From Chaos and Confusion to a Pretty Awesome Future
Not only was it difficult being a first generation American, it was hard doing it in a town that wasn’t used to people of different cultures. Our family migrated to the United States from Jamaica in the early 70s. Overall, I would say that my childhood was great, except the parts where I was constantly bullied and made to feel inadequate for being different.
My freshman year of high school, I got pregnant with our first child. I gave birth the summer of before sophomore year. That was the first time I had to care for someone besides myself. That is when I became a caregiver.
Fast forward, two more kids and about ten years later, my husband was diagnosed with End Stage Renal Failure (ESRD). This caused a chain reaction; what I refer to as a series of unfortunate events. Because he was considered disabled, my husband could no longer work. We eventually lost our home and our family was forced to separate. Bradley and our children went to live with his mother a few hours away. I lived in an abandoned house in order to keep the new job I had started a month before.
I would leave work on Friday afternoons to spend the weekend with my family and our puppy. A few months into the job, I earned a bonus and was able to secure an apartment for us. That same weekend, we rented a truck, took all of our belongings out of storage, and moved into our new home. We were all so happy to be together again.
During that time and up until late 2015, my husband was on hemodialysis. He had to be hooked up to a machine that filtered fluids from his blood three times per week because his kidneys stopped functioning in early 2010. Caring for my husband really tested the limits of our relationship as well as my skills as a caregiver. Why? Because it was a job that I came home to and there was no clocking out.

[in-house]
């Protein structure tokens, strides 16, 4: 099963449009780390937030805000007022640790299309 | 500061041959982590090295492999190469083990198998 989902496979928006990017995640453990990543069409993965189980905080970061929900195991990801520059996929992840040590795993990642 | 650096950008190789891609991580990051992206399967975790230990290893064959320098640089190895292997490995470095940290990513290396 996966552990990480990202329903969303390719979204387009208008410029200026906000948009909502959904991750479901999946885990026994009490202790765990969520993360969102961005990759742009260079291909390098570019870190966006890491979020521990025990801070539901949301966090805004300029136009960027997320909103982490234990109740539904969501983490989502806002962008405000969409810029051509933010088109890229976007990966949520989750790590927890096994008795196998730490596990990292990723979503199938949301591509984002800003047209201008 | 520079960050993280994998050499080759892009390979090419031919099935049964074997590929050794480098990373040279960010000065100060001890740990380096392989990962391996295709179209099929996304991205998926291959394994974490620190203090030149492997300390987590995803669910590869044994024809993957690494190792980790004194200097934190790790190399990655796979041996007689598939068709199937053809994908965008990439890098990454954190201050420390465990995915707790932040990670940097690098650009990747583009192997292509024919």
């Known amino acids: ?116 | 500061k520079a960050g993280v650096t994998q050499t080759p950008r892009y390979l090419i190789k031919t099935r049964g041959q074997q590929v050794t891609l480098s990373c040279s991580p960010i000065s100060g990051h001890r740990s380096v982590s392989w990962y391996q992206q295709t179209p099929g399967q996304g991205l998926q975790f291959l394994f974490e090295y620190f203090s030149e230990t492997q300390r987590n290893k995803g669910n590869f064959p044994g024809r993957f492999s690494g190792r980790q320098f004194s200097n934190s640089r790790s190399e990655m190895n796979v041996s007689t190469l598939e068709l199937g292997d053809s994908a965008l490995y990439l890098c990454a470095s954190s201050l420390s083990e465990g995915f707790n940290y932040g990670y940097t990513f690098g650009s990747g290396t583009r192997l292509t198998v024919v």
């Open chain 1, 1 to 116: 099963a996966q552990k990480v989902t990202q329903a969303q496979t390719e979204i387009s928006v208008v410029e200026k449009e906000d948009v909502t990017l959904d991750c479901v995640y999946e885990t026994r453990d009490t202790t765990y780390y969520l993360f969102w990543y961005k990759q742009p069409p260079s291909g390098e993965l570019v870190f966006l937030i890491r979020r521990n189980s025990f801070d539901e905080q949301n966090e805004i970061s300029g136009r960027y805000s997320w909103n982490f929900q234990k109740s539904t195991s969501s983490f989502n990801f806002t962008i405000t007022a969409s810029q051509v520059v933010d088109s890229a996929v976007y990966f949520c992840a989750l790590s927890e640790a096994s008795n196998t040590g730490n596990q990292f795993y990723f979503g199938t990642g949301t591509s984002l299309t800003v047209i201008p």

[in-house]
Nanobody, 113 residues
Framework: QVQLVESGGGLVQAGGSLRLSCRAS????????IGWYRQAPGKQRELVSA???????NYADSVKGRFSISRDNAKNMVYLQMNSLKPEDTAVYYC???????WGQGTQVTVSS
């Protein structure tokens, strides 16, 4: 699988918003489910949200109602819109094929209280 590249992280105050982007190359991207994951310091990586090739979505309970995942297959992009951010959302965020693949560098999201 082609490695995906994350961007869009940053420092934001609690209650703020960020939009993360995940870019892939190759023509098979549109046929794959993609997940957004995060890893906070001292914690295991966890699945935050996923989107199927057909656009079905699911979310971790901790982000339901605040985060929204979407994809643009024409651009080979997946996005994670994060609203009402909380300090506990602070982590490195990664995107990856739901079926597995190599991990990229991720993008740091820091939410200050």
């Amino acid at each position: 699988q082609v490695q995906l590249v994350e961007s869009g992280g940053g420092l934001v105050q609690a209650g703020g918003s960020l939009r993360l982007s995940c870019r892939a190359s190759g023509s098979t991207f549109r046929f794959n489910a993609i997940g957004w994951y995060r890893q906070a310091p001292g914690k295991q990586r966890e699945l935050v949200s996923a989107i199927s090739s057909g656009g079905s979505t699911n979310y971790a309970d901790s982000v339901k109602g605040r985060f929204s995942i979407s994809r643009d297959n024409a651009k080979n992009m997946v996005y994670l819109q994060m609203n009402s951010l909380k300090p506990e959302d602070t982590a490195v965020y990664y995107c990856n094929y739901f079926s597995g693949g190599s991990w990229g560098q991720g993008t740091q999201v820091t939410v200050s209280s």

After being on the donor list for over five years, Bradley got the call. We went in for the transplant in mid-December. The surgery was about seven hours long due to the amount of repairs that were needed. Two weeks later after a routine appointment, his bladder ripped and we had to do it all again. We were admitted to the hospital for another major surgery. The bladder surgery took five hours and it was a success as well. In the process we missed our daughter’s 17th birthday and the kids spent Christmas with our neighbors.
We have come a long way. The journey hasn’t been without its obstacles and I’d do it again in a heartbeat. In addition to caring for my husband and my children, I am also caring for my aging father and we are having tough conversations about end of life preparations. I would really appreciate it if you would leave me the best email address to contact you so we could keep in touch. I consider it a privilege to be able to contact you in order to continue to share.
I look forward to hearing from you.